Is Katrina in touch with her? "No. But that's a personal choice. What hurts me is that she distances herself from Boom. When Boom released, she was seeing Salman, she dismissed her debut saying she didn't know what she was doing and so she did the bikini scene, the smooching scene. No one put a gun to anybody's head. She is a very intelligent young woman, she knows what she has going and doesn't want to jeopardize it."
After Boom, her early success was David Dhawan's Maine Pyaar Kyun Kiya and later Partner, both starring Salman. The director fondly recalls, "She was young when I met her, but her presence was very strong. She's very beautiful. She barely knew enough Hindi to save her skin. But her dedication was very strong and she was a good learner. She had the making of a heroine."
Dhawan says that it was her attention to scenes and rehearsals that was endearing. She didn't throw tantrums and she was friendly and warm. He adds with a laugh, "I took her for granted when we shot Partner. She hasn't changed, so much respect she gives me. She is looking very good, is still very insecure and that is important for an actor. It becomes difficult to hold on and live up to the success tag."
Salman at that time was always teaching her a thing or two on the sets, but the director insists, "Just being in someone's good books doesn't work. The audience really loves her."
This sentiment is echoed by her Tees Maar Khan director Farah Khan, "Katrina has the X-factor. There are prettier girls who haven't made it. She has the same fire that actresses like Sridevi and Madhuri had. The audiences love her, especially the kids."
Farah adds that no one promotes a film like Katrina does. And that she has never heard Katrina backbite. She says, "Katrina stresses about the way she looks. But she never frets over petty issues like my vanity van is too small."
Though Akshay Kumar had recommended her, Farah was initially hesitant, "I thought they'd done too many films together." On the sets, Farah was no closer to knowing Katrina intimately. She laughs, "I don't think anyone in the industry really knows her, give or take one or two people. But I've met her mother. Katrina is quite the family girl."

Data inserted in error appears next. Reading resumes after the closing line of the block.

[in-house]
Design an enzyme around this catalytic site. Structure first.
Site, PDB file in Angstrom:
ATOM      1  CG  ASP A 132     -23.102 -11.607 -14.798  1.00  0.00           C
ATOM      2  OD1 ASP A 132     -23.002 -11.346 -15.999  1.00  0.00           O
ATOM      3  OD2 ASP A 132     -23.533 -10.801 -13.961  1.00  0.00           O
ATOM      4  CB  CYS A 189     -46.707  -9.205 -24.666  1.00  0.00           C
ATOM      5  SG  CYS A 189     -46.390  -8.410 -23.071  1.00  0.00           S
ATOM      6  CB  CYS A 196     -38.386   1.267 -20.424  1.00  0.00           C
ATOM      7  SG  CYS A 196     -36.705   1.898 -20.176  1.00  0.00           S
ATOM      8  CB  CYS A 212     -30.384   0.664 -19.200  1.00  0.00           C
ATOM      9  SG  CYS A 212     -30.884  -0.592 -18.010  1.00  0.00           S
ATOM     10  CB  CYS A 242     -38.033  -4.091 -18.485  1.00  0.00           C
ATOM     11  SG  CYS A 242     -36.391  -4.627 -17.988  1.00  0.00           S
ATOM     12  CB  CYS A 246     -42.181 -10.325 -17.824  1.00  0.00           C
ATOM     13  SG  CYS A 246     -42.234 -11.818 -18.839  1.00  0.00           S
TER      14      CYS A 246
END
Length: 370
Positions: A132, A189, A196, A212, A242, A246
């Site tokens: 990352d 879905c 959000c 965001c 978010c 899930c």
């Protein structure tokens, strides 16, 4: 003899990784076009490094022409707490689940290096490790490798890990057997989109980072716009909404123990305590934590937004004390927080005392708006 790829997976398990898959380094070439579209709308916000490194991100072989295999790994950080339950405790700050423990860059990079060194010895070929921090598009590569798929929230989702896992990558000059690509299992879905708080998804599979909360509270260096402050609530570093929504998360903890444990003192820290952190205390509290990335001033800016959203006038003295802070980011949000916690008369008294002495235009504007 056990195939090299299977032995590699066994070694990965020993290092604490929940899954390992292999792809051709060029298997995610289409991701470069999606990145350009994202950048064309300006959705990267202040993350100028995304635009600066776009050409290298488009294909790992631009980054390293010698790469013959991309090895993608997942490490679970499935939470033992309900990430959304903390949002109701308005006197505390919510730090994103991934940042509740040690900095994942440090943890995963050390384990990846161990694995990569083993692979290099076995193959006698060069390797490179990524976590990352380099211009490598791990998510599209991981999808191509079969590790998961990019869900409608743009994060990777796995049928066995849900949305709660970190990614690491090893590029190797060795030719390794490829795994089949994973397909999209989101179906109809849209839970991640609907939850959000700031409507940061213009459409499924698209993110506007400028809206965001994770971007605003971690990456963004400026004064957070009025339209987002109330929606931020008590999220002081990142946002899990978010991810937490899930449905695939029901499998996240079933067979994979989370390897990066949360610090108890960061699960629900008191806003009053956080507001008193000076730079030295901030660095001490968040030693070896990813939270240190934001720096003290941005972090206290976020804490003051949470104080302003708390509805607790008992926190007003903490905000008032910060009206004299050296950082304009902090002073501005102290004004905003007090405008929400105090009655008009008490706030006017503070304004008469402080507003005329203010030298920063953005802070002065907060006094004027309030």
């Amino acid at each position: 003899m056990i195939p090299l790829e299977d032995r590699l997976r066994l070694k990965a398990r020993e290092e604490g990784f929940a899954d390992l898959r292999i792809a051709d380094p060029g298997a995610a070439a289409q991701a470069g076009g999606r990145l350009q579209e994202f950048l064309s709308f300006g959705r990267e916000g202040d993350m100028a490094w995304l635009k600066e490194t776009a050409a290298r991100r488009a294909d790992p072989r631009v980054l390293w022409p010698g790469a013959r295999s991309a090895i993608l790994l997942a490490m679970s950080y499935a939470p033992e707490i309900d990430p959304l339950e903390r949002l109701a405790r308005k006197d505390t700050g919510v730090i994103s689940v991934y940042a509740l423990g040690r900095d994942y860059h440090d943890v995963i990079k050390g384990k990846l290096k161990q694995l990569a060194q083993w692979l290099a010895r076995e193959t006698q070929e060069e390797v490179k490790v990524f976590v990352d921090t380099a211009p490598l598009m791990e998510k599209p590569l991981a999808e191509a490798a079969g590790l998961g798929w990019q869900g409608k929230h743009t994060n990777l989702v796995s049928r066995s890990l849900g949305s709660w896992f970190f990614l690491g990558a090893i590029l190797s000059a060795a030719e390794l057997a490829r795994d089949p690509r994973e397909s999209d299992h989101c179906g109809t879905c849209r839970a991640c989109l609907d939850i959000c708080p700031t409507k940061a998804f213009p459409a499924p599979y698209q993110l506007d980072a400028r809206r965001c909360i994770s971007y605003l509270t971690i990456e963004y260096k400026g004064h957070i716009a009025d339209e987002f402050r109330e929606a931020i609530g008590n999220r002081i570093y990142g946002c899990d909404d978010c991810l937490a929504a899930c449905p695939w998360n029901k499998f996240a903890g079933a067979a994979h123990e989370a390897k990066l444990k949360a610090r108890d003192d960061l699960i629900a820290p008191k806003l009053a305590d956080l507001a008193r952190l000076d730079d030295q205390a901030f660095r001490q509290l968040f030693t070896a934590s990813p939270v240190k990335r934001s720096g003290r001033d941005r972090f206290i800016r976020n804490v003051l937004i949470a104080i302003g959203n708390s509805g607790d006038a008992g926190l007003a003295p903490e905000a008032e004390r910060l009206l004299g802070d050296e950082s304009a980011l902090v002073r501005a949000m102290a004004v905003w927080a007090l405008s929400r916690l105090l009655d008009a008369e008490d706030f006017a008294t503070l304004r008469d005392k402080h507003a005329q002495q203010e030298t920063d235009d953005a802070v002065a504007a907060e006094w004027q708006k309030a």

Akshay and Katrina's chemistry had also proved to be a hit with films like Namastey London and Singh is Kinng. In past interviews, she has acknowledged Akshay and Salman's contribution to her career. She makes for a good leading lady with the younger heroes like Ranbir and Imran as well. And she can boast of a Yash Raj film with Shah Rukh and Dhoom 3 with Aamir. Add to the that, she has the instinct for the right scripts and working with the right people.
To maintain relationships with the big boys of Bollywod calls for immense dexterity. Her dignified silence and denials about link-ups has ensured that she doesn't tread on anyone's toes. There were reports of Salman having slapped her at a coffee shop in 2008, but she denied the incident. Now as they shoot for Ek Tha Tiger in Ireland, they are reportedly fond of each other and there is no bitterness as they shoot together.
In an earlier interview with Mumbai Mirror, she said, "All my life I have judged my worth by how much I have been loved by a man. It's so with a lot of women, that their self-esteem is measured by how much they are loved by a man, their partner, their boyfriend or may be their husband. In my case, it may be because I grew up without my father. But now that I am more mature and not eighteen any more, I have learnt to overcome that and understand that I have my own destiny and life." Destiny's child has come into her own.